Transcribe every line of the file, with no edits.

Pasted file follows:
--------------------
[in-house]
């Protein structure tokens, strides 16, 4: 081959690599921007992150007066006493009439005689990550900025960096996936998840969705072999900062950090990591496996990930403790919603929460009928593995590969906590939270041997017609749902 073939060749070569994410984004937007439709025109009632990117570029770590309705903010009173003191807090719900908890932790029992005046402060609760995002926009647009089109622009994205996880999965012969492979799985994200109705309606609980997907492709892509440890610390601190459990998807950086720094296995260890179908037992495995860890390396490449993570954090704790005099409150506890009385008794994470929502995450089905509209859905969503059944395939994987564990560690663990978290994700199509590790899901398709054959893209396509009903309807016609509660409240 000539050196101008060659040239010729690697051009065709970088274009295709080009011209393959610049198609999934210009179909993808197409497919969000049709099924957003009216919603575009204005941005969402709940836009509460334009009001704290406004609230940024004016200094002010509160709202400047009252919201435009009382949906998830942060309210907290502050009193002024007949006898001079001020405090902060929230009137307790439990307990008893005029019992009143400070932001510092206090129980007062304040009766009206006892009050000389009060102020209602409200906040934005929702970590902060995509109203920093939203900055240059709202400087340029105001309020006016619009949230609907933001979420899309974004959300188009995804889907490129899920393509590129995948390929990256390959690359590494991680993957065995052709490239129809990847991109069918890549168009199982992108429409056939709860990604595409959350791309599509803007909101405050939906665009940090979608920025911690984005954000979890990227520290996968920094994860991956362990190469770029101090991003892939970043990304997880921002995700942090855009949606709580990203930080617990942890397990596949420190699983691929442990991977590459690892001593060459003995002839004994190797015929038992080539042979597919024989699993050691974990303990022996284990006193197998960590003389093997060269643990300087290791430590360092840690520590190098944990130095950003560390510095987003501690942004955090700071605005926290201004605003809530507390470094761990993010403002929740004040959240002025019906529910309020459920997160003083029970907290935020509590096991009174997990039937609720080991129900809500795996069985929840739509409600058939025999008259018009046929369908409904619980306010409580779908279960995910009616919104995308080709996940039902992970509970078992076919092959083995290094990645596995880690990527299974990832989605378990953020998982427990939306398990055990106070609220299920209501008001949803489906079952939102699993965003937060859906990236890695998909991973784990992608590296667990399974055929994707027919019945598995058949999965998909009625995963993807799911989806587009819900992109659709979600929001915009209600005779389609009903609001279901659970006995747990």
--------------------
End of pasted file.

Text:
[in-house]
């Protein structure tokens, strides 16, 4: 081959690599921007992150007066006493009439005689990550900025960096996936998840969705072999900062950090990591496996990930403790919603929460009928593995590969906590939270041997017609749902 073939060749070569994410984004937007439709025109009632990117570029770590309705903010009173003191807090719900908890932790029992005046402060609760995002926009647009089109622009994205996880999965012969492979799985994200109705309606609980997907492709892509440890610390601190459990998807950086720094296995260890179908037992495995860890390396490449993570954090704790005099409150506890009385008794994470929502995450089905509209859905969503059944395939994987564990560690663990978290994700199509590790899901398709054959893209396509009903309807016609509660409240 000539050196101008060659040239010729690697051009065709970088274009295709080009011209393959610049198609999934210009179909993808197409497919969000049709099924957003009216919603575009204005941005969402709940836009509460334009009001704290406004609230940024004016200094002010509160709202400047009252919201435009009382949906998830942060309210907290502050009193002024007949006898001079001020405090902060929230009137307790439990307990008893005029019992009143400070932001510092206090129980007062304040009766009206006892009050000389009060102020209602409200906040934005929702970590902060995509109203920093939203900055240059709202400087340029105001309020006016619009949230609907933001979420899309974004959300188009995804889907490129899920393509590129995948390929990256390959690359590494991680993957065995052709490239129809990847991109069918890549168009199982992108429409056939709860990604595409959350791309599509803007909101405050939906665009940090979608920025911690984005954000979890990227520290996968920094994860991956362990190469770029101090991003892939970043990304997880921002995700942090855009949606709580990203930080617990942890397990596949420190699983691929442990991977590459690892001593060459003995002839004994190797015929038992080539042979597919024989699993050691974990303990022996284990006193197998960590003389093997060269643990300087290791430590360092840690520590190098944990130095950003560390510095987003501690942004955090700071605005926290201004605003809530507390470094761990993010403002929740004040959240002025019906529910309020459920997160003083029970907290935020509590096991009174997990039937609720080991129900809500795996069985929840739509409600058939025999008259018009046929369908409904619980306010409580779908279960995910009616919104995308080709996940039902992970509970078992076919092959083995290094990645596995880690990527299974990832989605378990953020998982427990939306398990055990106070609220299920209501008001949803489906079952939102699993965003937060859906990236890695998909991973784990992608590296667990399974055929994707027919019945598995058949999965998909009625995963993807799911989806587009819900992109659709979600929001915009209600005779389609009903609001279901659970006995747990």